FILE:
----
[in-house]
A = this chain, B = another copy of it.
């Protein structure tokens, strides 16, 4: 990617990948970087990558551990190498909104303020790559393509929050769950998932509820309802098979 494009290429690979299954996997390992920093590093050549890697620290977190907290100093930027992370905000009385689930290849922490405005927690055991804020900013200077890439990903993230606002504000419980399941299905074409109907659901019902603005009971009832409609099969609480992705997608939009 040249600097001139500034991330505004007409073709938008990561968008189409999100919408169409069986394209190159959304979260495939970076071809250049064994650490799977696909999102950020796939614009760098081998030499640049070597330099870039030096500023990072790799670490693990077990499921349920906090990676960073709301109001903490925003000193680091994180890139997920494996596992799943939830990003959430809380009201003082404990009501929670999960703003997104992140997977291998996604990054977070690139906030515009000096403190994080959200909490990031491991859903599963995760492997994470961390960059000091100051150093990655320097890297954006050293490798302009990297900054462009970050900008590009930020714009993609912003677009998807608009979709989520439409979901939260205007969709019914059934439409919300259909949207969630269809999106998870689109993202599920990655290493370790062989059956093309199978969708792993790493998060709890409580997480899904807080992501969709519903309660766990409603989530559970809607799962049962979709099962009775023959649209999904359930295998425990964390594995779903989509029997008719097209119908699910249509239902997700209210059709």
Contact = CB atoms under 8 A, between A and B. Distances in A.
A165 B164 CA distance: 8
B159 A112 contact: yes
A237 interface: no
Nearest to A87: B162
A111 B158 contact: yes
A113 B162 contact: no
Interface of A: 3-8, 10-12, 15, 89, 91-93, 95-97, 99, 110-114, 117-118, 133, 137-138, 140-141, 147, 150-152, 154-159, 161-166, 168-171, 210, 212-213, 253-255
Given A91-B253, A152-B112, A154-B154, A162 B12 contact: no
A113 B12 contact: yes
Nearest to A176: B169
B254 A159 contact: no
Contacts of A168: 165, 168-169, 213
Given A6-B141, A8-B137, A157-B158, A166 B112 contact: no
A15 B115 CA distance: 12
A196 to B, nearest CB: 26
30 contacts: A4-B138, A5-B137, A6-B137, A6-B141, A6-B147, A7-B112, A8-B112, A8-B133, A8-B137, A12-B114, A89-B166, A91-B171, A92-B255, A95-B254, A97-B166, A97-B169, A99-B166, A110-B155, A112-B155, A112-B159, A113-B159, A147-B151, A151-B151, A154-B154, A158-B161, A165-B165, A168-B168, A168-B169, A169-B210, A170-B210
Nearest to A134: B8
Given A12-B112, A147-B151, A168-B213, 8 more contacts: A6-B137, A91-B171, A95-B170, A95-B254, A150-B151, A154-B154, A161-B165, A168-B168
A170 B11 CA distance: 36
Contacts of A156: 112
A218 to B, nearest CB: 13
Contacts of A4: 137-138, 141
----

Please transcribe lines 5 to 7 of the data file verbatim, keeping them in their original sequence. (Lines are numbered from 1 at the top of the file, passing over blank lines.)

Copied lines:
A165 B164 CA distance: 8
B159 A112 contact: yes
A237 interface: no